Common Dishes

Xinjiang food - oh so delicious.

Xinjiang food – oh so delicious.

What people eat for dinner very much depends on where they live, as culinary styles vary greatly across China. A dinner table in Beijing will look different from one in rural Sichuan. The dishes in a coastal city in Guangdong will look nothing like those presented in the far reaches of Xinjiang. As such, there aren’t really any dishes that are common at dinnertime throughout the country. That being said, there are plenty of constants in the dining experience. Regardless of where you are in China, people love eating meat and fish – sorry vegetarians. The type of meat/fish and the way in which it is prepared will vary depending on the region. For a more in-depth look at the different cuisines around the country, check our posts on the Great Culinary Traditions of China. There’s also always a staple food in abundance at the dinner table. For most parts of the country that’s rice, but it can also be naan bread in Xinjiang or rice noodles in Yunnan.

Some Personal Favorites

I absolutely love eating dinner in China. It’s just so much more fun than back at home. Sitting around a Lazy Susan in a crowded, noisy restaurant with a group of friends, sharing a variety of dishes, laughing, telling stories, and drinking endless tiny cups of beer is always a good time. Whenever I go out to dinners back in the US, I find myself sitting there thinking, “Wow is this boring!” and I miss the hell out of China. Although dinners in China are always great, I do have my favorites.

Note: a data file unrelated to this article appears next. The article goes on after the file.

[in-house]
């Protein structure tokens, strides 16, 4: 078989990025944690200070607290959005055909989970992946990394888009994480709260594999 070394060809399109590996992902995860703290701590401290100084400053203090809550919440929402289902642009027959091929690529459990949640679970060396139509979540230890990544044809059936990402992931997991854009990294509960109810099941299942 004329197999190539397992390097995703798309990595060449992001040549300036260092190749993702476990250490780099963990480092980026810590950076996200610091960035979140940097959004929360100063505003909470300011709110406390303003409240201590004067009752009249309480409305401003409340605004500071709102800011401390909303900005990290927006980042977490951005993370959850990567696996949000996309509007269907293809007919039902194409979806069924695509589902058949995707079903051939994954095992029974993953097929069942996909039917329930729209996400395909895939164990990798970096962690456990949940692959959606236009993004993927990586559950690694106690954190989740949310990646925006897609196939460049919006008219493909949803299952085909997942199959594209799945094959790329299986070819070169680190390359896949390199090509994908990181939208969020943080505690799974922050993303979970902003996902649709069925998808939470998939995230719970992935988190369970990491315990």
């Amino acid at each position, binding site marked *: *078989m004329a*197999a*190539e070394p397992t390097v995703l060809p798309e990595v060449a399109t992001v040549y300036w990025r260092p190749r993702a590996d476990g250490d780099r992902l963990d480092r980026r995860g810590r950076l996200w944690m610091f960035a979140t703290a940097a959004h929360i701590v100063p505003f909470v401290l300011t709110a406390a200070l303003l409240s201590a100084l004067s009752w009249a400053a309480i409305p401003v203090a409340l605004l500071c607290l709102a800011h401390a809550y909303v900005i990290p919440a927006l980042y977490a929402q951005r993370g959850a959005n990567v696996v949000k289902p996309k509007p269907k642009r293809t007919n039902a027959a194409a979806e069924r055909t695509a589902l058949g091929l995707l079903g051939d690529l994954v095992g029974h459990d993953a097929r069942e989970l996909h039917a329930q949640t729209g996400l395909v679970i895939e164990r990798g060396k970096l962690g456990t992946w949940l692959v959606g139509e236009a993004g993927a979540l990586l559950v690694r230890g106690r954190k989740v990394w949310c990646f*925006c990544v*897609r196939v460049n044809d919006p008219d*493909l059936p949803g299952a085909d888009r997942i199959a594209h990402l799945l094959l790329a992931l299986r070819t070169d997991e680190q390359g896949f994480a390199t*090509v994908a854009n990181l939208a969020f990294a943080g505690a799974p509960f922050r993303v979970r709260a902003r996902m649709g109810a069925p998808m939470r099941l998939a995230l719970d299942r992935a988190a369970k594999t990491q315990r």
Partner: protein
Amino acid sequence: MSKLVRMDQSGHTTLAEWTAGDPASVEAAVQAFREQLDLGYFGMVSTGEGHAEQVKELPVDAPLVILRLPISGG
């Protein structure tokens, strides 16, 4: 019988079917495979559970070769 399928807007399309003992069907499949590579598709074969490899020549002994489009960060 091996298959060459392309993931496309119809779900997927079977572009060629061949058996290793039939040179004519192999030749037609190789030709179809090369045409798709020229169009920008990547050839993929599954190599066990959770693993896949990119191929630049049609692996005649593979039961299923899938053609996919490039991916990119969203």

Mmm... hot pot.

Mmm… hot pot.

Perhaps my favorite Chinese dinner experience is hot pot (火锅 – huǒ guō). It’s sort of like fondue, only way better. Read my post on how to “Cure the Winter Blues with Hot Pot,” and then check out this video of Old Beijing Hot Pot:

The imperial bird - Beijing roast duck.

The imperial bird – Beijing roast duck.

Speaking of Beijing, it’s hard to beat that delicious, crispy bird known as Peking roast duck (北京烤鸭 – běi jīng kǎo yā). That was always our go-to dinner for visitors or for special occasions such as birthday parties, and it was always great. For more, check my post “The Imperial Bird – Beijing Roast Duck.” If you want to see me eat duck brains, you can also take a look at the video:


Chances are you’ve gotten your fill of real Chinese food by now, but we’ve still got a bit more to talk about. Stay tuned for future posts on popular snacks, desserts, and drinks in the Middle Kingdom.

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About the Author: sasha

Sasha is an English teacher, writer, photographer, and videographer from the great state of Michigan. Upon graduating from Michigan State University, he moved to China and spent 5+ years living, working, studying, and traveling there. He also studied Indonesian Language & Culture in Bali for a year. He and his wife run the travel blog Grateful Gypsies, and they're currently trying the digital nomad lifestyle across Latin America.